For pure enjoyment, it’s hard to look past hitting a winner with Chain Chomp against an overpowered Bowser Jr
With Wimbledon underway and tennis fever threatening to shove aside World Cup fever as the foremost sporting-based malady, what better way to mark the occasion with a new iteration of Mario Tennis?
The Switch version of Nintendo’s popular sports game sees Mario and his friends, enemies and miscellaneous together again for more inexplicable tennis action. Players can choose from the good (Mario, Luigi, Toad, Peach), the bad (Bowser, Boo, Wario) and the just plain misunderstood (Chain Chomp). You even have the rare opportunity to play as Waluigi.
As with most Nintendo titles, a big question is one you’ll be faced with early on: is it any good as a single player game? There’s an adventure mode, which is the first thing you see, rather than a menu screen. You play as Mario, hoping to take down the dastardly duo of Wario and Waluigi who have stolen power stones and a legendary racket. Pretty standard stuff for a Mario game.
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The only issue is that’s kind of where the excitement ends. The challenges are somewhat repetitive and they can feel like a chore at times — especially if you consider it’s the only way to unlock certain courts. There’s about six hours of gameplay in total and by the end it can feel like a lot more.
The much talked-about and Rafa Nadal-endorsed Swing mode is also quite disappointing. You hold your Joy-Cons like a Wii Remote; throw the ball up and then motion forward to serve, and swing to hit the ball. It’s nice in theory but doesn’t work very well and leaves you wanting to go back and play with regular controls.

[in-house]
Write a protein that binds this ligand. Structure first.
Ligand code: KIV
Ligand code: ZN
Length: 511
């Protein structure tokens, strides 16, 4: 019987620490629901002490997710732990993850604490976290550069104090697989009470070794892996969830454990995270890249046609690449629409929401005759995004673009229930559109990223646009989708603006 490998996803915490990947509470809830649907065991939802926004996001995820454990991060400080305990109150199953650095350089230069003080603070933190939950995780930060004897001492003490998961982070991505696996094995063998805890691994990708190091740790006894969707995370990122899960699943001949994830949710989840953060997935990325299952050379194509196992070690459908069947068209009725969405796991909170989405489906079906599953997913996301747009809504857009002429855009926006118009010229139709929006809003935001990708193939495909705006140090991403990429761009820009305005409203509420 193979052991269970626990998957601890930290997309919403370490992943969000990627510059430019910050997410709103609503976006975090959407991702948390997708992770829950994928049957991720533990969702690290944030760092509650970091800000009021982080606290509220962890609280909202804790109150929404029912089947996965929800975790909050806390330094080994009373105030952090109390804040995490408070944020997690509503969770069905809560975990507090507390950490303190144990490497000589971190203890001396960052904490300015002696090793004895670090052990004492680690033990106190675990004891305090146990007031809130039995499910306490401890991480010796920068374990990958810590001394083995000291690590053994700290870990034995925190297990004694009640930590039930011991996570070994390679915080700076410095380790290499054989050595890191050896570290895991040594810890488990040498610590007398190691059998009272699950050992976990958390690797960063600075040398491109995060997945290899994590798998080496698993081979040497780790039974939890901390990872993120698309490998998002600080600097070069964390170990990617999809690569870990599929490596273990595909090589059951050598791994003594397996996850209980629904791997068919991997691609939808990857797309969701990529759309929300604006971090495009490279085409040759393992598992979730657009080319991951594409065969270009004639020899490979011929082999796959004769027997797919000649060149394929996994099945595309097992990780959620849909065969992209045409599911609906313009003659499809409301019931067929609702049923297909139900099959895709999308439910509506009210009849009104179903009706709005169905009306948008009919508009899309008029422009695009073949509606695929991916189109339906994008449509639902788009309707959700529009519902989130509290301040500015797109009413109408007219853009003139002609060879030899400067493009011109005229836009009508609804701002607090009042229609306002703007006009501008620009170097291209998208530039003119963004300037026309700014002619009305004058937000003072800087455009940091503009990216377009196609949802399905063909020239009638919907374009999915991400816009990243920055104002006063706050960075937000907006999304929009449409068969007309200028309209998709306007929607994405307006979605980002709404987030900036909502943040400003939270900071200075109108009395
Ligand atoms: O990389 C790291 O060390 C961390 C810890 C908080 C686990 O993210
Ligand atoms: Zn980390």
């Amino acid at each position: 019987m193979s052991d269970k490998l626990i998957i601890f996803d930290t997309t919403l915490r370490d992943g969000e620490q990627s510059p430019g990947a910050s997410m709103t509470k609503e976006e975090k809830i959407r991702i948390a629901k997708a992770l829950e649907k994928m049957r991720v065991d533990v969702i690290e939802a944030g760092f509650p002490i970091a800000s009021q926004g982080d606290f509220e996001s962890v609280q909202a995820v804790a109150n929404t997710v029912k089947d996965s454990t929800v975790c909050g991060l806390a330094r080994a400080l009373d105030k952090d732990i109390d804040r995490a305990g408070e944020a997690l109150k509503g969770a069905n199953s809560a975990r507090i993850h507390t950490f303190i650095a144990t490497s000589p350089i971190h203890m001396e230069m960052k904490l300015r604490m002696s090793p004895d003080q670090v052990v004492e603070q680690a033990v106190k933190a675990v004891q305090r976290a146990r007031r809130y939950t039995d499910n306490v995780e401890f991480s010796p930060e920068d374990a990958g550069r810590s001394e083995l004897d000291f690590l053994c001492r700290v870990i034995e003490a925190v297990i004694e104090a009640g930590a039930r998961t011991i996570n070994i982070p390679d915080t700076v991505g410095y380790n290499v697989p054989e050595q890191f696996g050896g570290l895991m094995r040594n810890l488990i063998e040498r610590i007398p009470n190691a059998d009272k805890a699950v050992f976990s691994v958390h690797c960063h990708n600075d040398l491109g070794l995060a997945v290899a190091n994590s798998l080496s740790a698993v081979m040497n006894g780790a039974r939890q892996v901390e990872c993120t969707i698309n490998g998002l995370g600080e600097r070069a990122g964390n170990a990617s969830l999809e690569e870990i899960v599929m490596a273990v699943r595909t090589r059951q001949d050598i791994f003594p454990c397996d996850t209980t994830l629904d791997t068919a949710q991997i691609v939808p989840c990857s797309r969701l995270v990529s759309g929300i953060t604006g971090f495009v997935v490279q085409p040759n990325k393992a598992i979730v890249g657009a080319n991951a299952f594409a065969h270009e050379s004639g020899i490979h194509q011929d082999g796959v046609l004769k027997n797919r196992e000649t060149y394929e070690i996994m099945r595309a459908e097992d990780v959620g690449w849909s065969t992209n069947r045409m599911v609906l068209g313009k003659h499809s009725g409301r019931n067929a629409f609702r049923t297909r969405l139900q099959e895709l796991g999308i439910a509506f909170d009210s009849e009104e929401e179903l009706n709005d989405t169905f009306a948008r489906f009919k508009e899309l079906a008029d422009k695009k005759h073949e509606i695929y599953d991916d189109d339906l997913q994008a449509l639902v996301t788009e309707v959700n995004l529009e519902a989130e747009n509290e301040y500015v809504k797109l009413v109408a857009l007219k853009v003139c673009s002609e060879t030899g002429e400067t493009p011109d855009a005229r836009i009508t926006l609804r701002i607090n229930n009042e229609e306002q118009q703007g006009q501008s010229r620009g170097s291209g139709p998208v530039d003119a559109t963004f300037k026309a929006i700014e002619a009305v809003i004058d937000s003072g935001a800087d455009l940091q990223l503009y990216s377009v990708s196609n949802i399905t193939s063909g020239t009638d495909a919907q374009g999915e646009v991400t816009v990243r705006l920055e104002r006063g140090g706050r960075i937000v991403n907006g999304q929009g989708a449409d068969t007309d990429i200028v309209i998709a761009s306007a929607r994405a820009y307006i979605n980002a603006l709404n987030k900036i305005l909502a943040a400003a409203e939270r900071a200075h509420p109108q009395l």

The single player tournaments and free play modes are slightly better, particularly if you’re looking to hone your craft before jumping into online or preparing to beat your friends. Ultimately, not many players will find hours of fun in offline single player matches, particularly as the computer is just a bit too good on the harder settings.
Luckily, where the single player falls down the offline multiplayer more than makes up for. Mario Tennis has always been at its best when played with friends – and Aces is no different. It’s an absolutely brilliant game in terms of mechanics, controls and just pure levels of fun. Sure, a new Virtua Tennis or Top Spin game would be fantastic to have, but for pure enjoyment, it’s hard to look past hitting a winner with Chain Chomp against an overpowered Bowser Jr.
Online is similarly good and doesn’t suffer from any game-ruining lag issues, but it’s still not perfect. Nintendo and online play have never been best of friends and there’s still a long way to go here — particularly if you’re trying to play against friends. Thankfully, a recent patch update has introduced a rating system online and fixed a couple of further bugs, which is a start. Fingers crossed there’s continued support.
That’s ultimately why I’d recommend buying the game. Mario Tennis Aces isn’t perfect, but Nintendo are showing a willing to actually update their imperfect games with downloadable patches, The Life of Pablo-style. It’s not good enough to just release a game and leave it as is if it’s not right, and Nintendo definitely appreciates that.
If you’re after a single player tennis simulator then you’ll be disappointed. But you should buy this game for the multiplayer experience and if you’re looking to play a genuinely entertaining game online.